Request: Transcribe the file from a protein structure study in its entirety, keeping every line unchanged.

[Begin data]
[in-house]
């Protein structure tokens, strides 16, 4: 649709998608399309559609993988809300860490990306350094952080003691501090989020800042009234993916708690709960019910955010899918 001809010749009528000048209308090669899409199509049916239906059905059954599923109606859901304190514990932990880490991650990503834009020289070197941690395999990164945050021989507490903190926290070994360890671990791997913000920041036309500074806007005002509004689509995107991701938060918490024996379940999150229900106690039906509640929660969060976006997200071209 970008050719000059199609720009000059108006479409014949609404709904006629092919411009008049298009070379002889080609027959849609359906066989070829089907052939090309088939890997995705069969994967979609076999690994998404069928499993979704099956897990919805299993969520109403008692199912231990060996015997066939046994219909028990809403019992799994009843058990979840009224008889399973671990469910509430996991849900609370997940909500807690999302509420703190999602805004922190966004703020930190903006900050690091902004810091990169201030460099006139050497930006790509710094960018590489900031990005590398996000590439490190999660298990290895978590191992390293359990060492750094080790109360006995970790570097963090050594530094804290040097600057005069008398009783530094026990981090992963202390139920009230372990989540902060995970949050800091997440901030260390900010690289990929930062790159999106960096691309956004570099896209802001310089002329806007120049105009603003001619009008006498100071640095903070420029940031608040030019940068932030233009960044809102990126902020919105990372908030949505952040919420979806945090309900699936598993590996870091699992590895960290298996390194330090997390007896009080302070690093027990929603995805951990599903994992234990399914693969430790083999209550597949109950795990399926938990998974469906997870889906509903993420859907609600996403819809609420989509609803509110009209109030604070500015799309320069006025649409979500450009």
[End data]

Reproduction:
[in-house]
């Protein structure tokens, strides 16, 4: 649709998608399309559609993988809300860490990306350094952080003691501090989020800042009234993916708690709960019910955010899918 001809010749009528000048209308090669899409199509049916239906059905059954599923109606859901304190514990932990880490991650990503834009020289070197941690395999990164945050021989507490903190926290070994360890671990791997913000920041036309500074806007005002509004689509995107991701938060918490024996379940999150229900106690039906509640929660969060976006997200071209 970008050719000059199609720009000059108006479409014949609404709904006629092919411009008049298009070379002889080609027959849609359906066989070829089907052939090309088939890997995705069969994967979609076999690994998404069928499993979704099956897990919805299993969520109403008692199912231990060996015997066939046994219909028990809403019992799994009843058990979840009224008889399973671990469910509430996991849900609370997940909500807690999302509420703190999602805004922190966004703020930190903006900050690091902004810091990169201030460099006139050497930006790509710094960018590489900031990005590398996000590439490190999660298990290895978590191992390293359990060492750094080790109360006995970790570097963090050594530094804290040097600057005069008398009783530094026990981090992963202390139920009230372990989540902060995970949050800091997440901030260390900010690289990929930062790159999106960096691309956004570099896209802001310089002329806007120049105009603003001619009008006498100071640095903070420029940031608040030019940068932030233009960044809102990126902020919105990372908030949505952040919420979806945090309900699936598993590996870091699992590895960290298996390194330090997390007896009080302070690093027990929603995805951990599903994992234990399914693969430790083999209550597949109950795990399926938990998974469906997870889906509903993420859907609600996403819809609420989509609803509110009209109030604070500015799309320069006025649409979500450009």